“My social anxiety is ruining my life. I’m unemployed, lonely, and don’t have any friends. Is there a cure for severe social anxiety? I’m sick of being a recluse.”
If you feel like social anxiety is a barrier between you and all the things you want to do in life, this article is for you. I’ll go in-depth into what to do if you feel like social anxiety is ruining your life.
While most people might not get rid of their social anxiety completely, there is some good news: you can learn to cope with your social anxiety. Even if it may be severe, you can improve your current situation with the strategies in this guide.
The advice in this guide is based on a type of therapy called cognitive-behavioral therapy, or CBT. Psychologists often use CBT with clients who have social anxiety disorder but you can also try it by yourself.
The main idea behind CBT is that our thoughts, feelings, and behaviors all influence one another. If you have social anxiety, they can keep you trapped in a negative cycle that stops you from socializing.
- You think, “I’m an awkward loner, and no one wants me around.”
- You feel too embarrassed to be around others because you think they will all reject you.
- This affects your behavior. You avoid going out and talking to other people. Because you don’t start conversations or interact with anyone, you don’t make any friends.
- You take this as proof that you are a “loner,” and so the cycle continues. You become increasingly isolated, and your anxiety gets worse.
To break free from this kind of pattern, you need to:
- Identify and conquer your negative thoughts
- Expose yourself to uncomfortable social situations
- Learn to cope with feelings of anxiety
- Focus outwards rather than inwards
- Raise your self-esteem
Research shows that self-help can teach you how to cope with social anxiety. This article will give you some self-help techniques that will show you how to feel more comfortable in social situations and improve your social skills. You’ll also learn how and when to get professional advice.
Make a list of specific social situations that scare you. Give each one a rating on a scale of 0-100, where 0 is “No fear at all,” and 100 is “Extreme anxiety.” Next, place them in order from least to most intimidating. This is called a fear ladder or fear hierarchy.
- Deliberately making eye contact with someone 
- Interacting with the cashier at the grocery store 
- Ordering a takeaway coffee 
- Asking a shop assistant for help finding a product 
- Making small talk with my colleagues in the morning 
If your list is long, you can break it down into several hierarchies to stop you from feeling overwhelmed. For now, focus on the 10 least threatening items.
If you are finding it hard to think of items for your fear ladder, ask yourself:
- “What social situations make me want to run away?”
- “What social situations do I avoid on a regular basis?”
If you still aren’t sure where to start, begin by practicing spending time around other people. Find a busy place, such as a coffee shop or park, and hang out by yourself for a couple of hours. You’ll learn that for most people, you are just part of the scenery. Realizing this can help you feel less self-conscious.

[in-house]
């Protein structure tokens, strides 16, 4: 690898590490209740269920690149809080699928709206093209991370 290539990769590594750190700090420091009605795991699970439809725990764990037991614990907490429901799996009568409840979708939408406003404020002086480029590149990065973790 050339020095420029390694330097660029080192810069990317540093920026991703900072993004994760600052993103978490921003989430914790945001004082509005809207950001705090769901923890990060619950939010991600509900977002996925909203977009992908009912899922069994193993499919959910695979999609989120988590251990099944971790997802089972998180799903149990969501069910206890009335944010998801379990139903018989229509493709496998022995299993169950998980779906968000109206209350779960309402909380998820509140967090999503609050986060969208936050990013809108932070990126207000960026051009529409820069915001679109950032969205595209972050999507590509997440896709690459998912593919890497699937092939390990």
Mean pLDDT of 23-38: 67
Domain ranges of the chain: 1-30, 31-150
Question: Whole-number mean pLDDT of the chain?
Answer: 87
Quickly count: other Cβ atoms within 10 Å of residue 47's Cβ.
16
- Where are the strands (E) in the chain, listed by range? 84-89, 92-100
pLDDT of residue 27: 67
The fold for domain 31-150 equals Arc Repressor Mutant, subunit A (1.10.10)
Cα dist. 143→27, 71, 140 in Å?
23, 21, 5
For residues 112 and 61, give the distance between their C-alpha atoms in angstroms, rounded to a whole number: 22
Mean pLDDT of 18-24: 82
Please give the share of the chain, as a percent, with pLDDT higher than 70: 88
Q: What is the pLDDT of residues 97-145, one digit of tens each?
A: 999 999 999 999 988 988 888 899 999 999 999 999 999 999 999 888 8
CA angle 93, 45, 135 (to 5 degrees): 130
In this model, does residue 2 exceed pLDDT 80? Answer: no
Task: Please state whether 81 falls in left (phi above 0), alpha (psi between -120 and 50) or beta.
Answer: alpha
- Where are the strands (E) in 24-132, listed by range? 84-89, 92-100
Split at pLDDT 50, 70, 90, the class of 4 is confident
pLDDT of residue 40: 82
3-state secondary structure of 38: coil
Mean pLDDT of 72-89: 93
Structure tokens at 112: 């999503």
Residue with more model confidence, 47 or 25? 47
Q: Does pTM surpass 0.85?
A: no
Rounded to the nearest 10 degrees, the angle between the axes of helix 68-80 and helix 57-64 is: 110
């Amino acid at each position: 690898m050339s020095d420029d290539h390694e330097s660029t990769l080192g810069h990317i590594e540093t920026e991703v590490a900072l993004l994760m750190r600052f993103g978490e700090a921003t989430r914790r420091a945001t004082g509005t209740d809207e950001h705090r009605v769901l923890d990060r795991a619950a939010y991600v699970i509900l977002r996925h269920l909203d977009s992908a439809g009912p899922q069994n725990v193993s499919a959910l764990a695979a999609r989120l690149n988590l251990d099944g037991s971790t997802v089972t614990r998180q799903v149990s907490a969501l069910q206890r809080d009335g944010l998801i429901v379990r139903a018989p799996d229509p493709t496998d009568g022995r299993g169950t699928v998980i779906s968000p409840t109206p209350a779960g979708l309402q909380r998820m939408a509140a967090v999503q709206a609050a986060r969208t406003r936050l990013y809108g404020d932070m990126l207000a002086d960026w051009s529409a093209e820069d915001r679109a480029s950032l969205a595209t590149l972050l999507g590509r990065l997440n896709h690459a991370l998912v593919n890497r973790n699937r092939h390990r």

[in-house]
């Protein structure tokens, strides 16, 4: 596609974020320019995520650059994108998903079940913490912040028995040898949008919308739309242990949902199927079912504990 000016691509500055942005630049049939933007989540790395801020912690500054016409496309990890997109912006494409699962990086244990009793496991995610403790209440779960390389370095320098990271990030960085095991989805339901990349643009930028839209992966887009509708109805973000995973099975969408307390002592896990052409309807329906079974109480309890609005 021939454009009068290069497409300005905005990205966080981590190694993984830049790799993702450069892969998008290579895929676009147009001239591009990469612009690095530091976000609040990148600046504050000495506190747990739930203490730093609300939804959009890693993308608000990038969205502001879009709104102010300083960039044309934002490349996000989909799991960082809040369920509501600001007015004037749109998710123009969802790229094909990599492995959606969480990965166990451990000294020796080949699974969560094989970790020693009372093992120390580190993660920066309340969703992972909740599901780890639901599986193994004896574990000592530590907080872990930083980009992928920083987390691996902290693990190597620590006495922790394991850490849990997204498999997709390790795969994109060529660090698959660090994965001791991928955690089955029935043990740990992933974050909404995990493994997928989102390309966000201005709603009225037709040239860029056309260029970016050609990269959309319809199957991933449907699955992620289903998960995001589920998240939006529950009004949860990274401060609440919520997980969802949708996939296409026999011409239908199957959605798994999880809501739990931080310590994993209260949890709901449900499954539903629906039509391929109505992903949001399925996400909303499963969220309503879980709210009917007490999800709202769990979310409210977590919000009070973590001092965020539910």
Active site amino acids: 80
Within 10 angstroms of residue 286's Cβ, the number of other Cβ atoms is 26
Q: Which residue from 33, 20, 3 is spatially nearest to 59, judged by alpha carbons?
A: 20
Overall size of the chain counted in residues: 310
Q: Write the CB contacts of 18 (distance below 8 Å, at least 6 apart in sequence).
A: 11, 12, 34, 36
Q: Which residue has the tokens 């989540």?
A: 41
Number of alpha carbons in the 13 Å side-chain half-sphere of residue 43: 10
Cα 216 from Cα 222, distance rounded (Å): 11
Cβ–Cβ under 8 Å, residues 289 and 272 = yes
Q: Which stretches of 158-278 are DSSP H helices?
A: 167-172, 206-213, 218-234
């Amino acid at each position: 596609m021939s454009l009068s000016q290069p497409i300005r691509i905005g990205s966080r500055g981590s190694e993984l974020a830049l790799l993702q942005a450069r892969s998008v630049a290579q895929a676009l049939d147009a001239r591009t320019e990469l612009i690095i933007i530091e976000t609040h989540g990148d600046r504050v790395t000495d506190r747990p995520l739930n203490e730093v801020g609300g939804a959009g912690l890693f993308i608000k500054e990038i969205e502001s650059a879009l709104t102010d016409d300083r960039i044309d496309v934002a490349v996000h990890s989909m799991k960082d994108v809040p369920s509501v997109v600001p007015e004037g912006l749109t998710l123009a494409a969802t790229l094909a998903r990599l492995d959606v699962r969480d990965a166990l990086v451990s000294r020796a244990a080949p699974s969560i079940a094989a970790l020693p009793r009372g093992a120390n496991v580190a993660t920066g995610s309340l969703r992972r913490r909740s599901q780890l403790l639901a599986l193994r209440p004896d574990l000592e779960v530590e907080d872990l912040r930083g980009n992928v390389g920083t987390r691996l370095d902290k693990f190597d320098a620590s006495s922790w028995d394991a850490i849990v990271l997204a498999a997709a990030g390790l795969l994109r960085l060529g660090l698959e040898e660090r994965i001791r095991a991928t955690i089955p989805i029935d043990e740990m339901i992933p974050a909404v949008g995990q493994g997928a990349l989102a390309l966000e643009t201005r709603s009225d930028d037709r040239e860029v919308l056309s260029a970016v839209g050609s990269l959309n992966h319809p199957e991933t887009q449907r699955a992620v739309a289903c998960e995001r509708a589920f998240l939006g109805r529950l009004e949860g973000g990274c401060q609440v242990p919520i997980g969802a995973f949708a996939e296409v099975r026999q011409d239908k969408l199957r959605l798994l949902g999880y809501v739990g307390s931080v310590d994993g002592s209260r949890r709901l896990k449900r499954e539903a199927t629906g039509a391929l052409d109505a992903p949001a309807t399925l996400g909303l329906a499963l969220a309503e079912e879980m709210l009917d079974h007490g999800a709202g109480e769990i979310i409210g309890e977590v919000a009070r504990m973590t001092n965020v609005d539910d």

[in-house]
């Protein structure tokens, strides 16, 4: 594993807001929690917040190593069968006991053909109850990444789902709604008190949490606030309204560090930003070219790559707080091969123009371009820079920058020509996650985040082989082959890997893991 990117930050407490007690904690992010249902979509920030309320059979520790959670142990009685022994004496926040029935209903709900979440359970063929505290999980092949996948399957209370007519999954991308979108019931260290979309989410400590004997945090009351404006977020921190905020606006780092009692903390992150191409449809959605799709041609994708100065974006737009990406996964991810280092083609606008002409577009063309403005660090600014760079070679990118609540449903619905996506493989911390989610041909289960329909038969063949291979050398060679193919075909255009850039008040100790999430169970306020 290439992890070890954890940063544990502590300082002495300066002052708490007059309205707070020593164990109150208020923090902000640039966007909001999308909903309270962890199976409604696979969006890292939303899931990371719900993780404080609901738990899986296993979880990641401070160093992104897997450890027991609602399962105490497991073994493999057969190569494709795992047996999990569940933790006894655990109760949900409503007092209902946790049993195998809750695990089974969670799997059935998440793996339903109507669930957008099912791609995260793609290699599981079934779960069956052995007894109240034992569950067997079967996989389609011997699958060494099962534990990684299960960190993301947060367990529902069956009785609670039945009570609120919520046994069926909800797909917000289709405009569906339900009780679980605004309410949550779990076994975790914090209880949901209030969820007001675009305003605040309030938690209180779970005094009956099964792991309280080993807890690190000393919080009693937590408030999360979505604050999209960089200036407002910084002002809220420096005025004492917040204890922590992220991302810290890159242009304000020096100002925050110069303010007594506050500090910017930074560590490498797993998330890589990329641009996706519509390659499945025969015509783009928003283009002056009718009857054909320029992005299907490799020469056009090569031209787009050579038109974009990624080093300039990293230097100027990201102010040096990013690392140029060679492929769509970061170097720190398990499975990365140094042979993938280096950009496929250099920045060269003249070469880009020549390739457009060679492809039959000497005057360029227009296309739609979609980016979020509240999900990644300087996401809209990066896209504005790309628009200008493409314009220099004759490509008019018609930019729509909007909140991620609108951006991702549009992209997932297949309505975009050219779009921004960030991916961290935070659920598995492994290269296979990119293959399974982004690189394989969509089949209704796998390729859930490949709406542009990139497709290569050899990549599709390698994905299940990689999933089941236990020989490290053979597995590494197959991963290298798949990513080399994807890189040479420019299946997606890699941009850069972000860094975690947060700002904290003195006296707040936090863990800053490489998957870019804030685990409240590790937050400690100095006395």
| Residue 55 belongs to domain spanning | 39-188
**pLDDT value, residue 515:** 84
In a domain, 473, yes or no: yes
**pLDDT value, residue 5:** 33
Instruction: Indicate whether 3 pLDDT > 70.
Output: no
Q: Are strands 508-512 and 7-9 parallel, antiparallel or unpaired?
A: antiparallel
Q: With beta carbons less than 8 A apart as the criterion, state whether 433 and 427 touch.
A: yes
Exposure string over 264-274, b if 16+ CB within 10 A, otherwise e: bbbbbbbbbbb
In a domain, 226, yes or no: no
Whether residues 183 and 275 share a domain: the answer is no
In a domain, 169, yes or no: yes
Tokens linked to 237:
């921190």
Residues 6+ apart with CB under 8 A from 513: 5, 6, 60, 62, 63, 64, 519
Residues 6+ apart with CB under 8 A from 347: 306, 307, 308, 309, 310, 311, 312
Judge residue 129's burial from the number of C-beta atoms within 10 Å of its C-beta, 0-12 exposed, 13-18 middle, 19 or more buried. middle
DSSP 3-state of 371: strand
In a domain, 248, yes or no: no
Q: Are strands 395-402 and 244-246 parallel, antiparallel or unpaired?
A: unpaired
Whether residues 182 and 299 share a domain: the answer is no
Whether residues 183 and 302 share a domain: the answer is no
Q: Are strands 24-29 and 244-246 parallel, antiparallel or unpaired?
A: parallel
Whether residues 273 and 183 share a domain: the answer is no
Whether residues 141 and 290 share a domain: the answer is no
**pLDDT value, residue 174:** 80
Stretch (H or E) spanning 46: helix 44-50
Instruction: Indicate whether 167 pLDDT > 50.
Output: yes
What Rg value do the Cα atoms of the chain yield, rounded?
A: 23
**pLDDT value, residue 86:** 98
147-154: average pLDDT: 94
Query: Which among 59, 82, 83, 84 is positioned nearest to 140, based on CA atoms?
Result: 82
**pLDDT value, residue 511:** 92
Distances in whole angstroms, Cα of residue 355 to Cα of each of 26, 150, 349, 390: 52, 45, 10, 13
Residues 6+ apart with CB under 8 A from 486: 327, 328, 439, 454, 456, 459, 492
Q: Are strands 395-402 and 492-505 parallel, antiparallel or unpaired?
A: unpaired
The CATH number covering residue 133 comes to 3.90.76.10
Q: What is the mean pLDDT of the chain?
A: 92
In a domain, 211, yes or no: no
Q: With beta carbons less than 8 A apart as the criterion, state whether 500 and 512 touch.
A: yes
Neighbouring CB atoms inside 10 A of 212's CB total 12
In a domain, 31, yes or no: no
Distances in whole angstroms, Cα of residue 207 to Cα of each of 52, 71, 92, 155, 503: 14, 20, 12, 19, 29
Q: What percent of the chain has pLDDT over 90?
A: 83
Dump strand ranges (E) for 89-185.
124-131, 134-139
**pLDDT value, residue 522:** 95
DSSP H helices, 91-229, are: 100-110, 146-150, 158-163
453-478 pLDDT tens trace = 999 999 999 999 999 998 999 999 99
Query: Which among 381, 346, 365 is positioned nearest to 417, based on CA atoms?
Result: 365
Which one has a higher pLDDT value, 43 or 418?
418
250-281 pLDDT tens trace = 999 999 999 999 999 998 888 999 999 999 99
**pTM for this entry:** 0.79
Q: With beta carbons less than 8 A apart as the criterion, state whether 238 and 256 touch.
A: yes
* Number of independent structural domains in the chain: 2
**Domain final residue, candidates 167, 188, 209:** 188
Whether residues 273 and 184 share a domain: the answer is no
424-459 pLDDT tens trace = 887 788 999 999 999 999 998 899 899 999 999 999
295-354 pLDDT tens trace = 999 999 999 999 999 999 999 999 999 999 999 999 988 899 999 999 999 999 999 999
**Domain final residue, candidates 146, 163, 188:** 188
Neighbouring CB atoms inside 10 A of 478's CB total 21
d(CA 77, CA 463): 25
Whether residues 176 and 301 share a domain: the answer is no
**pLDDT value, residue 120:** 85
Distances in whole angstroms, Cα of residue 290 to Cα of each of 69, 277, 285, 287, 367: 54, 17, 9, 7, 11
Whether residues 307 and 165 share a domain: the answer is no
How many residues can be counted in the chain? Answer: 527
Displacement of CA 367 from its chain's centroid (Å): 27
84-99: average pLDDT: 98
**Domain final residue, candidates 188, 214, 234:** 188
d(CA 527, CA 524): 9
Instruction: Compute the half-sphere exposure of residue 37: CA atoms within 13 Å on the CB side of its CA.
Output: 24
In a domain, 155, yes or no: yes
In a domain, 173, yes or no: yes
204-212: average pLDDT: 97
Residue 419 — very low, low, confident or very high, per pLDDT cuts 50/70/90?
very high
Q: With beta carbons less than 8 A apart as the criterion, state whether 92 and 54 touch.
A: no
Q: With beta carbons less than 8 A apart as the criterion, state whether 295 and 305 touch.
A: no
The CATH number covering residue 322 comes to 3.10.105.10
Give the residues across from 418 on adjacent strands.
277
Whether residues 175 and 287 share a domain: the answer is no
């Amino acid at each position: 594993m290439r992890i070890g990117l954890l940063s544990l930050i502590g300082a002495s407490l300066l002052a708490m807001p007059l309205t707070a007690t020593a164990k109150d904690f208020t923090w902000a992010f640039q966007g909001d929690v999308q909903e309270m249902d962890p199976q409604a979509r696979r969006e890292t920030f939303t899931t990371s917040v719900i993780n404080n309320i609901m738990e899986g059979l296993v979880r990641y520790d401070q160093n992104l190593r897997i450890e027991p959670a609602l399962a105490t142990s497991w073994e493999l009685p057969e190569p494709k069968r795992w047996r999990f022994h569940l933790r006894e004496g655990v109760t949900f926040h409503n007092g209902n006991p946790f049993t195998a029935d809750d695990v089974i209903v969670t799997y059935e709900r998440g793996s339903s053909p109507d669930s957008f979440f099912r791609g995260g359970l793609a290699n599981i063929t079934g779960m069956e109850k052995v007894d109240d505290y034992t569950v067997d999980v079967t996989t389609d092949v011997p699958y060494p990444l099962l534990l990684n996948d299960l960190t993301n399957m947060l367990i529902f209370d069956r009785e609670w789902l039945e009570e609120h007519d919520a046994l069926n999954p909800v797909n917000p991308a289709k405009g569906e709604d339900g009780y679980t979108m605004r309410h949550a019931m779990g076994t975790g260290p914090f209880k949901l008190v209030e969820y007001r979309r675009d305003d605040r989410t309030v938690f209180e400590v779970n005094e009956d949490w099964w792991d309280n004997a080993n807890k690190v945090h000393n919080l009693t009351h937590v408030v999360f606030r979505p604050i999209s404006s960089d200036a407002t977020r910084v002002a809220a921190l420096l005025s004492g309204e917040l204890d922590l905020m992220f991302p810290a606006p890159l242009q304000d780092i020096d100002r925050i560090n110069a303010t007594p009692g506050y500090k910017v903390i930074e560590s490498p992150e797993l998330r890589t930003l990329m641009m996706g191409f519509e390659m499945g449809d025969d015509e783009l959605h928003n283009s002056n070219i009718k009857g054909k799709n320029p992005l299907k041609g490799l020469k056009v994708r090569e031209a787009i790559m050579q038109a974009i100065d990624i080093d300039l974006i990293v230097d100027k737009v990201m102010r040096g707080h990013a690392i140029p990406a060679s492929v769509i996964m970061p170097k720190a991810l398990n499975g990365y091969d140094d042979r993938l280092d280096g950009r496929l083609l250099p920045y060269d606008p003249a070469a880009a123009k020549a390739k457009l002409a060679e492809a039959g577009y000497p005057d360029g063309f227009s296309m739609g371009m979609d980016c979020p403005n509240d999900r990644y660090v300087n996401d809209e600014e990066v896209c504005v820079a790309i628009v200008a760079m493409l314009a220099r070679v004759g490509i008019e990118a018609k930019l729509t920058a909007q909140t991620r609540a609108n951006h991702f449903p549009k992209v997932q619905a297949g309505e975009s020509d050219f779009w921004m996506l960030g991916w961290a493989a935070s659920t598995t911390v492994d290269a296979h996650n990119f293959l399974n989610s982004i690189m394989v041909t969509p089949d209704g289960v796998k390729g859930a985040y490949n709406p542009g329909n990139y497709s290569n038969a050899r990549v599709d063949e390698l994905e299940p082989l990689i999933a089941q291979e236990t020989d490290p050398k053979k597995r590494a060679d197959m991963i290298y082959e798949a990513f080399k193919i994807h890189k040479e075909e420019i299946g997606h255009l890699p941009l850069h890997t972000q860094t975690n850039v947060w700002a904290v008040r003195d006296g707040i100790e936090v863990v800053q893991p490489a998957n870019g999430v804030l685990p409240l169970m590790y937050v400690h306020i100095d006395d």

The next step of this exercise is to deliberately put yourself in situations that make you anxious. Start with the least scary item on your list, and then work your way up the ladder.
The goal is to stay in each situation until your anxiety rises, peaks, and drops. If your anxiety is severe, it may not be realistic to stay in the situation until it drops away completely. Instead, challenge yourself to wait until your anxiety reduces by 50%.
Don’t move to the next item on your list until you feel at ease in the situation. You might need to repeat each step several times. At first, you may feel extremely anxious and uncomfortable, but every time you repeat the exercise, your anxiety will decrease.
Some of your tasks will be very short, so sitting with your anxiety until it fades won’t always be possible. For example, ordering a coffee only takes a couple of minutes. However, the idea is still the same: the more you socialize, the more confident you’ll become. Building positive experiences is key to overcoming social anxiety.
A safety behavior is anything you do that makes it easier to face social situations.
Common examples include:
- Only going out in public with someone who makes you feel safe
- Staying silent during meetings so that no one pays attention to you
- Keeping your hands hidden in your pockets because you are worried that people will see them shake
- Relying on drugs or alcohol to help you relax in social settings
Safety behaviors can help you feel less worried in the short term. However, each time you use them, you are reinforcing your belief that you need safety behaviors to cope. This means that you don’t get the chance to learn how to handle situations without them.
Part of overcoming social anxiety is to get rid of your safety behaviors altogether. As you move through your fear hierarchy, try your best to avoid using them. Don’t move on to a new task until you’ve completed the previous one without using any safety behaviors.
If you end up falling back on a safety behavior, take a break and try again later. Depending on how long you’ve been using a behavior and how anxious you feel, this might take multiple attempts.
People with social anxiety often have negative thoughts about social situations and their ability to deal with others. These thoughts are often exaggerated or untrue. Psychologists call them cognitive distortions.